Unfortunately, there are also politics complicating the outcome of the court case. President Martin Van Buren (Nigel Hawthorne) and his Secretary of State Forsyth (David Paymer) manipulate the court proceedings in order to appease his constituents in the southern states, who he must rely not only for his re-election, but to dispel the dark clouds of a civil war. To counter this threat, Joadson appeals to the former president John Quincy Adams (Anthony Hopkins) to speak on their behalf. However, being neither an abolitionist or a pro-slavery advocate, he declines at first, only to be drawn in to the proceedings by his strong sense of morality, where he gives an ardent summation to the Supreme Court that draws on the founding principles of the American people.

Spielberg shows his strength as a director through the use of a contextual narrative that requires the viewer to gather the necessary information through imagery, rather than relying on dialogue. For example, in the opening sequence of the shipboard revolt, subtitles are not provided for the dialogue between the slaves, who are speaking in their native tongue, Mende. However, Spielberg is able to effectively propel the story forward on the basis of gestures, facial expressions, and imagery. This use of context becomes even more important later on with the language barrier between the slaves and the team defending them, and the process by which Cinque begins to understand the curious rituals that he witnesses during the trial.

There are many other moments where Spielberg deliberately uses imagery to highlight the many facets of the story. He juxtaposes the indigent living conditions of the slaves with the opulence of American and European society. A brilliant sequence has one of the slaves interpreting the basis of Christianity from the illustrations in a Bible while a hand-picked judge, who is amenable to the pro-slavery stance, prays in a church. As Cinque is marched in chains down the streets of New Haven to the courthouse, he spies three ship masts that recall an illustration of the death of Christ. And the journey of Cinque from his capture in Africa to his arrival on the Amistad is downright brutal with graphic depiction of the dehumanizing treatment at the hands of his captors-- one of the images that you will remember is of fifty slaves being weighed down by rocks and being thrown overboard to drown when provisions on the ship ran low.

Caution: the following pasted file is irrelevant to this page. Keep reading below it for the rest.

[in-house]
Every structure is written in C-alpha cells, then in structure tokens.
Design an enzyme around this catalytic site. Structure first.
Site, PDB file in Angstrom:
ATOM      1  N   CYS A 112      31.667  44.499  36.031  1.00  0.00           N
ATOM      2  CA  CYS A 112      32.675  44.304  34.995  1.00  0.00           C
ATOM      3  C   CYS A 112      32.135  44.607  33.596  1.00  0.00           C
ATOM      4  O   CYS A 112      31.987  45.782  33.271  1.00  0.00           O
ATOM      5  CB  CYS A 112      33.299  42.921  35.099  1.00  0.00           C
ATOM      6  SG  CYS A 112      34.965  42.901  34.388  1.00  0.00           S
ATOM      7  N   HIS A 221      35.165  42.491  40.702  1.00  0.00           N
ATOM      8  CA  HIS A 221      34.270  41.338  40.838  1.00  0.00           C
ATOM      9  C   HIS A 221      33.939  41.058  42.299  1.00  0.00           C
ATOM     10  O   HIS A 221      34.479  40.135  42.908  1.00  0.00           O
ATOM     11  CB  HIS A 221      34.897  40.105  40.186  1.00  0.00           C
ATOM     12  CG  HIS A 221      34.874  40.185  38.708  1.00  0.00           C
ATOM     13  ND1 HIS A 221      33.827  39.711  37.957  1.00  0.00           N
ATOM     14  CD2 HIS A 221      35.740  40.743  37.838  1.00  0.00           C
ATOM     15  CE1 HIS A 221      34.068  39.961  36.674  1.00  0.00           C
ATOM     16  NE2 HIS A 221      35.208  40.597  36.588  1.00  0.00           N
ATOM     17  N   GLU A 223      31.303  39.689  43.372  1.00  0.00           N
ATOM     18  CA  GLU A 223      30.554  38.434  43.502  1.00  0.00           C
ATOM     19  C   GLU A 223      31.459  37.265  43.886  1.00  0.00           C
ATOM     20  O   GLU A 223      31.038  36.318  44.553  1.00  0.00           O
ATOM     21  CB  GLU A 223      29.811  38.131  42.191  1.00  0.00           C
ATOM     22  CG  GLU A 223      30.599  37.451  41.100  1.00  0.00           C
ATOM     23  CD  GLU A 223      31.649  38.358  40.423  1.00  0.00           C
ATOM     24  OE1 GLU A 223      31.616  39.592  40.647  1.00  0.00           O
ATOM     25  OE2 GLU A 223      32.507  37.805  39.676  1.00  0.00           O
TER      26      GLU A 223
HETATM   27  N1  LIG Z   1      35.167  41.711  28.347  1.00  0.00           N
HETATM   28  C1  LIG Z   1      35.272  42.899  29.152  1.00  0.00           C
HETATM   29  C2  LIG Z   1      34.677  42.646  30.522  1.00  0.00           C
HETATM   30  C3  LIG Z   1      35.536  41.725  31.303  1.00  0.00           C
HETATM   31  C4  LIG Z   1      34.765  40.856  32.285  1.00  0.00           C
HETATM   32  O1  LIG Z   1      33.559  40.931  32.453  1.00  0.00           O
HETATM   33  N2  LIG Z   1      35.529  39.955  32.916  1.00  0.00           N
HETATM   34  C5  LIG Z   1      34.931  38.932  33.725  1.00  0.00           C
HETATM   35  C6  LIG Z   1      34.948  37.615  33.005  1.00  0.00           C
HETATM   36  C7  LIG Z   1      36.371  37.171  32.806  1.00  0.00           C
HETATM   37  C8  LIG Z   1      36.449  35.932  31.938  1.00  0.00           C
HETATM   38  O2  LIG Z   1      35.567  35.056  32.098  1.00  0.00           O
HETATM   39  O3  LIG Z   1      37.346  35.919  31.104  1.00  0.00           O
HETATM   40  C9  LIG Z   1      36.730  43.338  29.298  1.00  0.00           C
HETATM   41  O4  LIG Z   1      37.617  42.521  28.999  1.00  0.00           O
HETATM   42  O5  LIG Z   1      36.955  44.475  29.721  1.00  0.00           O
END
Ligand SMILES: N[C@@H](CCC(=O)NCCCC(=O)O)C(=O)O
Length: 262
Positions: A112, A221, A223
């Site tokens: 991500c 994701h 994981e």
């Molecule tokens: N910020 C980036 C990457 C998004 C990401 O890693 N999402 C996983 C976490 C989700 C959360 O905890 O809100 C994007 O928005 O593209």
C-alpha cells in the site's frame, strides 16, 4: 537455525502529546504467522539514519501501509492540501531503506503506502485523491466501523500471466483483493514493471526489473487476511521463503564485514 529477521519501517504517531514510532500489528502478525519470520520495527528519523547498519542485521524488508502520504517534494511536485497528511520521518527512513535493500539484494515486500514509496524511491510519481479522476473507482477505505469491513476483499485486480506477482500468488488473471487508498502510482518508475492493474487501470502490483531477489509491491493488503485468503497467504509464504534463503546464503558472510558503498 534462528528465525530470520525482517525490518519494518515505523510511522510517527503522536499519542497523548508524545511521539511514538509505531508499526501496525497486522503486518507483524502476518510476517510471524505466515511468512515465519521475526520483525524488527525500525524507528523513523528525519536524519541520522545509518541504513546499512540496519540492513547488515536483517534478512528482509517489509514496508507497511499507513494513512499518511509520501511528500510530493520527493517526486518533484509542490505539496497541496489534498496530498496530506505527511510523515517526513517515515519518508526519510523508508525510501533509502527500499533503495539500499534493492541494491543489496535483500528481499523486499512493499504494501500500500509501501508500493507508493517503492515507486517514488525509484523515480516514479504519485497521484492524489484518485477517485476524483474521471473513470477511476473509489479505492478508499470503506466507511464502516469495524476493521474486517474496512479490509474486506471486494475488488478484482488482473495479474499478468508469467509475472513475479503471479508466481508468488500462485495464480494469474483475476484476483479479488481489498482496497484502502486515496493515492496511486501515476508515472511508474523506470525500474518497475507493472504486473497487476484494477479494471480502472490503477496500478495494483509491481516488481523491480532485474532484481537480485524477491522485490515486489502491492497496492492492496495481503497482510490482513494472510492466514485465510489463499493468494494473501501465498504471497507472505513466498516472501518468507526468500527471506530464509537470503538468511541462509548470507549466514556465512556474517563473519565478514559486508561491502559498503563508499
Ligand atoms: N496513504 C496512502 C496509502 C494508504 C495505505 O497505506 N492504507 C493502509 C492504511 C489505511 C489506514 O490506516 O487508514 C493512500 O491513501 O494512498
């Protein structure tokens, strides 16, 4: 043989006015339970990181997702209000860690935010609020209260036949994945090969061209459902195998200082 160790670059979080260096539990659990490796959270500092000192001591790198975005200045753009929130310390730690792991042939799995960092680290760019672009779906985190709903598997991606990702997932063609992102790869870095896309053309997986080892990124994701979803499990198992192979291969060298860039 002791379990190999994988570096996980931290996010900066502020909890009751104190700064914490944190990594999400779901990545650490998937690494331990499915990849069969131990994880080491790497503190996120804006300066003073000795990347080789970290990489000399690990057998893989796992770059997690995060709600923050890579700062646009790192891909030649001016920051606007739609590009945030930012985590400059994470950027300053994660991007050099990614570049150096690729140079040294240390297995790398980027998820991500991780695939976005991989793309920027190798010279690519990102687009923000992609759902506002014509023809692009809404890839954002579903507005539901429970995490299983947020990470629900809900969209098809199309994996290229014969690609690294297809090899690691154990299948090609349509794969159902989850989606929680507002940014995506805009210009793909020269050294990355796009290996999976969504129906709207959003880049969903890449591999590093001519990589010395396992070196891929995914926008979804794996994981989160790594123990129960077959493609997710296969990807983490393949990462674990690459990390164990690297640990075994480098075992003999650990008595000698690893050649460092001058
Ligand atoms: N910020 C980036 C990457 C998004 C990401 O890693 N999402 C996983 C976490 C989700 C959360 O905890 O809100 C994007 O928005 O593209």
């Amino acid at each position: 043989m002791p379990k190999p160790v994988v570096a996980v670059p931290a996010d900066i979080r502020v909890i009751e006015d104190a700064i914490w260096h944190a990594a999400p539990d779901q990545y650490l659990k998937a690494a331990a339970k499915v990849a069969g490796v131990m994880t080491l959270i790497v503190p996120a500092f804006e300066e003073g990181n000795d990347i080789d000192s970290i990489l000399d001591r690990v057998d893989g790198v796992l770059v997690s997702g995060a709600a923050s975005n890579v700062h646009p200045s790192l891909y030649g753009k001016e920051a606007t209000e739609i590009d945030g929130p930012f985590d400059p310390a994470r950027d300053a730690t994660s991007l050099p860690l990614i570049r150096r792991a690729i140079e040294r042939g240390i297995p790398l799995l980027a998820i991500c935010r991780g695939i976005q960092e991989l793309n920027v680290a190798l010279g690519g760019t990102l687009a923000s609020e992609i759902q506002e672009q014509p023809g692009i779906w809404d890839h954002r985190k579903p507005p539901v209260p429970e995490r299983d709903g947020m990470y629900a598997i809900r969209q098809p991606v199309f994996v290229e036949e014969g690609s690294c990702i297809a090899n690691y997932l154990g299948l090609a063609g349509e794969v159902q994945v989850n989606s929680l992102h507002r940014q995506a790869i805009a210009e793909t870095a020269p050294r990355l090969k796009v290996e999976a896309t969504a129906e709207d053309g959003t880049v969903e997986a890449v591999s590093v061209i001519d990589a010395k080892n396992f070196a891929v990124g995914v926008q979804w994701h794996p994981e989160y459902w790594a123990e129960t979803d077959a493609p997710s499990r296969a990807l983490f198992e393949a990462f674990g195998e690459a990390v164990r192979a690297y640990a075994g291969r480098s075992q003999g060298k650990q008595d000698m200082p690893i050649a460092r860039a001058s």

Performances run from strong to passable in this film. Djimon Hounsou gives a memorable performance in his dignified portrayal of Cinque, as does Hopkins, who eloquently displays the transformation of Adams from a slumbering political figure to fiery political activist. McConnaughey's performance is flat, betraying little emotion and paling in comparison to that of Hounsou and Hopkins. Unfortunately, Freeman is completely wasted in this film, with very little to do except to fill in the gaps of the story.

"Amistad" is a well-crafted film that not only instructs, but entertains as well. It does for the slave trade what his Oscar-winning "Schindler's List" did for the horrors of the Holocaust. Spielberg has created an engaging and unforgettable film that everyone should see.